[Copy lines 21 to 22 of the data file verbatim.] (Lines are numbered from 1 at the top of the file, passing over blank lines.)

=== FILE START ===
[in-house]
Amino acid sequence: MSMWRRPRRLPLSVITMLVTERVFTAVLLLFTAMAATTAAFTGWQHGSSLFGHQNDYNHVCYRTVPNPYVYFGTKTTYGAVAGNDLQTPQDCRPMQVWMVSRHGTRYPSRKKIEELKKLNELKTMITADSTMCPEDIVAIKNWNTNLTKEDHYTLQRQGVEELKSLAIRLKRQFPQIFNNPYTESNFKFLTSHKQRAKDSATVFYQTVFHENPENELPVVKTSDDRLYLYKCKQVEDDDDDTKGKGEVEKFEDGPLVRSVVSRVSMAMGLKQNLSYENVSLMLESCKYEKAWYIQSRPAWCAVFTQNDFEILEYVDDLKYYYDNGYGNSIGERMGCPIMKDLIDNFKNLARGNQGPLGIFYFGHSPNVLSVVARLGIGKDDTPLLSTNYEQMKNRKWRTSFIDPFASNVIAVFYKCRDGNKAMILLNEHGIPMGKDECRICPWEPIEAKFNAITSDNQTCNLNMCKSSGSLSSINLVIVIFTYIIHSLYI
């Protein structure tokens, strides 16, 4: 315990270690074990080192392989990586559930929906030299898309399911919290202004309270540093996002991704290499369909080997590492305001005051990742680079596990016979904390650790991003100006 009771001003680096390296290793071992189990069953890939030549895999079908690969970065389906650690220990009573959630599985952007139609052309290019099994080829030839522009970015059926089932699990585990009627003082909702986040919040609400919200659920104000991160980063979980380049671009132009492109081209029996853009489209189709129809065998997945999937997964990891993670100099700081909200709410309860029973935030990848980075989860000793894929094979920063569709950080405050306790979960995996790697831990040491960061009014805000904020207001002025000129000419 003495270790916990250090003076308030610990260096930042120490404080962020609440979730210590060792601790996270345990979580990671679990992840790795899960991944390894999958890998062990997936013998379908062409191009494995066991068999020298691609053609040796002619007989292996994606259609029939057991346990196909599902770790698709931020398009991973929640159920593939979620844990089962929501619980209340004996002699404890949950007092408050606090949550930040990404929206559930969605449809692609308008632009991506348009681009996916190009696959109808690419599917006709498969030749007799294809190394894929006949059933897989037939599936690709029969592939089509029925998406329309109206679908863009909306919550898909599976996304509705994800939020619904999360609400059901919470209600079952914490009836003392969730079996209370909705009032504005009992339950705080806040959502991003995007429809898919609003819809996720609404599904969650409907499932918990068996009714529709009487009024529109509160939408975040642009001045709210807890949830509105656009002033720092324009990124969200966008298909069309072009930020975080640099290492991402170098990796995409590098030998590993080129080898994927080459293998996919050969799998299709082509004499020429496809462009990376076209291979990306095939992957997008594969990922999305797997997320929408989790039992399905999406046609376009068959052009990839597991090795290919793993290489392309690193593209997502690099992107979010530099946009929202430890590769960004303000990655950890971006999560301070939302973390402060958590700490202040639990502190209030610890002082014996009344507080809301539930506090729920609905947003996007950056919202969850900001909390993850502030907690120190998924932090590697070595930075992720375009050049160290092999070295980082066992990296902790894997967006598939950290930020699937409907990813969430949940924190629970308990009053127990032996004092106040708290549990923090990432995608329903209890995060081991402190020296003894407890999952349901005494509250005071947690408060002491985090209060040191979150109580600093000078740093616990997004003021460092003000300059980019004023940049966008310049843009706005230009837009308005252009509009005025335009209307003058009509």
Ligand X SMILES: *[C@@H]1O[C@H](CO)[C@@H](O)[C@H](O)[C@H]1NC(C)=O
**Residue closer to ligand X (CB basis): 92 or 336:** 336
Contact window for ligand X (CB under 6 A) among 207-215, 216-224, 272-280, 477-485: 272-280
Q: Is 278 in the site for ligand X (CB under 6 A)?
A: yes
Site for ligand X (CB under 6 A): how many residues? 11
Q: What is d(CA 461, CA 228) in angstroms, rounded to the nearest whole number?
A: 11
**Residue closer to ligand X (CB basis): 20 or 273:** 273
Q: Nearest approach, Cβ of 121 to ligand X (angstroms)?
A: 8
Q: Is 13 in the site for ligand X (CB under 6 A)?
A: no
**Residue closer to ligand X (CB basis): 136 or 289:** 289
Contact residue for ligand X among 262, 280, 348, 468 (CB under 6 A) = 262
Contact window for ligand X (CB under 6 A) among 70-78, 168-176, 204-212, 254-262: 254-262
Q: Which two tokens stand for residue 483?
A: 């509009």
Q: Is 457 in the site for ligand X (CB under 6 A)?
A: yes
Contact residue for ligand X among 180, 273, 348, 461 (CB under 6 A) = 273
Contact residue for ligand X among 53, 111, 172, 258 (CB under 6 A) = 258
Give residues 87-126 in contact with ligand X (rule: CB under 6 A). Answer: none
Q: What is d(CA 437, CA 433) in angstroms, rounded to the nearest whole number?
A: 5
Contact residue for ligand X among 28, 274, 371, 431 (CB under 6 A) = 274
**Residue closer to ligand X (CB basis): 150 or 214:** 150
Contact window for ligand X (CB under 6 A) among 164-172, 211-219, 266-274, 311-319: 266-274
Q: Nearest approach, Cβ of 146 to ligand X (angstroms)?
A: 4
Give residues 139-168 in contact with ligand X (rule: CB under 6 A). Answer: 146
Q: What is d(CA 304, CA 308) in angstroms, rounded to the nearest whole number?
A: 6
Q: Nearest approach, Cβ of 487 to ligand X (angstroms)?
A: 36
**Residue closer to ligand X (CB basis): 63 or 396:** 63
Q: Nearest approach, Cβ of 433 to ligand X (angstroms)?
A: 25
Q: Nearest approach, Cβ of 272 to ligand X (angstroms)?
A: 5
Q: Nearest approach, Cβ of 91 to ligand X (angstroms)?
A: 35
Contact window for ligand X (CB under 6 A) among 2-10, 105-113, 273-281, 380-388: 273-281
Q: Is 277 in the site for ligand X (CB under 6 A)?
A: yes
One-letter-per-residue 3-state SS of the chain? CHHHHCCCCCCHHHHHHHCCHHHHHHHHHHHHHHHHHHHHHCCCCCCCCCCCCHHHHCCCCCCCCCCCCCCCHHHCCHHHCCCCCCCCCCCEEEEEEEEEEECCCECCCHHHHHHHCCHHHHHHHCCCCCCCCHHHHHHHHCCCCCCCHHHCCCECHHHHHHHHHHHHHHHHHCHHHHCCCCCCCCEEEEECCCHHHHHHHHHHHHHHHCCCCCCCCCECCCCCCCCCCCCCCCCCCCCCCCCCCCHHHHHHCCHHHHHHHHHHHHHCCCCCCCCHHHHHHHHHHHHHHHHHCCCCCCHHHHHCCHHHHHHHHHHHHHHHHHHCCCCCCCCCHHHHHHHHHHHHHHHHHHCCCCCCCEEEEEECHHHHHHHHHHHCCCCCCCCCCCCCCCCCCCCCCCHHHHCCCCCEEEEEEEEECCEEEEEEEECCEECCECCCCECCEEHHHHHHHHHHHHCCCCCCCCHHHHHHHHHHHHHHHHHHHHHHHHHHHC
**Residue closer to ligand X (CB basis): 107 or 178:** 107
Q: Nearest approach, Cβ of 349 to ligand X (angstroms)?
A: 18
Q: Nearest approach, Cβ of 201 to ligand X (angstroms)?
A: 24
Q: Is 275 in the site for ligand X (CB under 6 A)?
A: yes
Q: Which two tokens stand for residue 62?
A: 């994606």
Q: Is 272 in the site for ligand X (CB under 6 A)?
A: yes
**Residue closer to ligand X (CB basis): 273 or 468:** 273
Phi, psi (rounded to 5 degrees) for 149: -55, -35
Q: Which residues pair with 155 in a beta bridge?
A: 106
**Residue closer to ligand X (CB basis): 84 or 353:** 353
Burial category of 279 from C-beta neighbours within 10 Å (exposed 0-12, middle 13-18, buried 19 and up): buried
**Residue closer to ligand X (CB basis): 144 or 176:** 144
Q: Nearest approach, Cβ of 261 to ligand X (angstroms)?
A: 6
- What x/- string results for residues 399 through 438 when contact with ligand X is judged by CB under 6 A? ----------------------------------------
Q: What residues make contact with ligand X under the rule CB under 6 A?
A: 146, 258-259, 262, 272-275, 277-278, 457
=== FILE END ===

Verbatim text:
A: 């509009």
Q: Is 457 in the site for ligand X (CB under 6 A)?